How will relations with other Italian MEPs be?
I doubt that except on some issues it will be possible to deal with the Italian elected representatives of the extreme right, of the League, of the Marine Le Pen group because they have positions at the antipodes not only compared to mine but also to those of many other Italians in the plenary. The European Parliament is increasingly linked to political lines rather than national affiliations. However, I am open to cooperating with everyone knowing that there are political choices and values that I want to pursue for Europe for Italy.
How does the MEP Sandro Gozi, who enters Parliament as a result of Brexit, feel?
I feel great emotion and great satisfaction but for my person and my path, certainly not for Brexit! I believe deeply in Europe, I am in love with it: I have worked for 10 years in the European Commission and I have proudly represented our national interests in the EU Council of Ministers, but apart from an internship I have never worked in the European Parliament and I always thought that sooner or later I had to have this experience. For those who did politics at 99% just to do European politics, this was a motivation and the European Parliament at this stage is the best thing that could happen to me. I am excited and very determined to make my contribution to a European renewal that is absolutely urgent. For me it is also the concretization of what was utopia and hope for so many of us: to begin to realize transnational politics, a politics that goes beyond narrow national borders and lays the foundations for the construction of what is lacking in Europe and is fundamental for a real European democracy accomplished: real transnational political movements.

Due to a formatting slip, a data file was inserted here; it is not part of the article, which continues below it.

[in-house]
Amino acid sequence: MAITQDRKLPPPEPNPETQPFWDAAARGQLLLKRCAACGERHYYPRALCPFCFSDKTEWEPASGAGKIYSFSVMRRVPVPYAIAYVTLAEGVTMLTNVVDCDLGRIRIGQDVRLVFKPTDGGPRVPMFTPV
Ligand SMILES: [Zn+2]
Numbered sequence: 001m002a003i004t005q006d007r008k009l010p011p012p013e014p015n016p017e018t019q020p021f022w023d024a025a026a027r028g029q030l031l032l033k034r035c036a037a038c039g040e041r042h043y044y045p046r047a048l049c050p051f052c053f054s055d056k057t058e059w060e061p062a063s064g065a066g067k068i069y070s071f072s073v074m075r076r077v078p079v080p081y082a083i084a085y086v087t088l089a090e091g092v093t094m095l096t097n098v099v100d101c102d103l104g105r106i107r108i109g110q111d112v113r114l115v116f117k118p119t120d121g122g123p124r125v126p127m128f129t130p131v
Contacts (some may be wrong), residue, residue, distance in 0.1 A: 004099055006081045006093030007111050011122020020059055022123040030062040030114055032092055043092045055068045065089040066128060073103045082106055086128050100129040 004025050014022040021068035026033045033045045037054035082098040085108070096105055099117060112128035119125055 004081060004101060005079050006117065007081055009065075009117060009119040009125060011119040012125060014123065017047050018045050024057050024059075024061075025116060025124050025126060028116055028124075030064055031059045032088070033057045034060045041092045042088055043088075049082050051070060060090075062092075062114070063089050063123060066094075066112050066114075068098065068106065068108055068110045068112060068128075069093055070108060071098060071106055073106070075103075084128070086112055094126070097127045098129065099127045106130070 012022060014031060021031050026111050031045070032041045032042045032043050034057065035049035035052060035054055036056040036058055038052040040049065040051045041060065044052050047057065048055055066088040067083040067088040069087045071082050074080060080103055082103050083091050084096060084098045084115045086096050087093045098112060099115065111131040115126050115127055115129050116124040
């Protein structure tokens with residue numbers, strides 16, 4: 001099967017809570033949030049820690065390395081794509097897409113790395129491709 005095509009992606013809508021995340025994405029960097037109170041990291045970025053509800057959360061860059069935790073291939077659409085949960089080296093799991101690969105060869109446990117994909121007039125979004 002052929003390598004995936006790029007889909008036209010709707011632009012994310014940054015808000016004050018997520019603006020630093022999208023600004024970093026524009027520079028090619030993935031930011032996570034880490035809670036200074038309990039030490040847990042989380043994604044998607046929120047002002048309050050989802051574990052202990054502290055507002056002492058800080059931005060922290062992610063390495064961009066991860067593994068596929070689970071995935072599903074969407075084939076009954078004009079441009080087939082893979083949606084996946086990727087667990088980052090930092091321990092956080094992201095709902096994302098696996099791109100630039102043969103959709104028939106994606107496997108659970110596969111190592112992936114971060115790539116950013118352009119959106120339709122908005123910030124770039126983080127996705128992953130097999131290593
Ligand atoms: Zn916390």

What will be the first thing you will do as an MEP?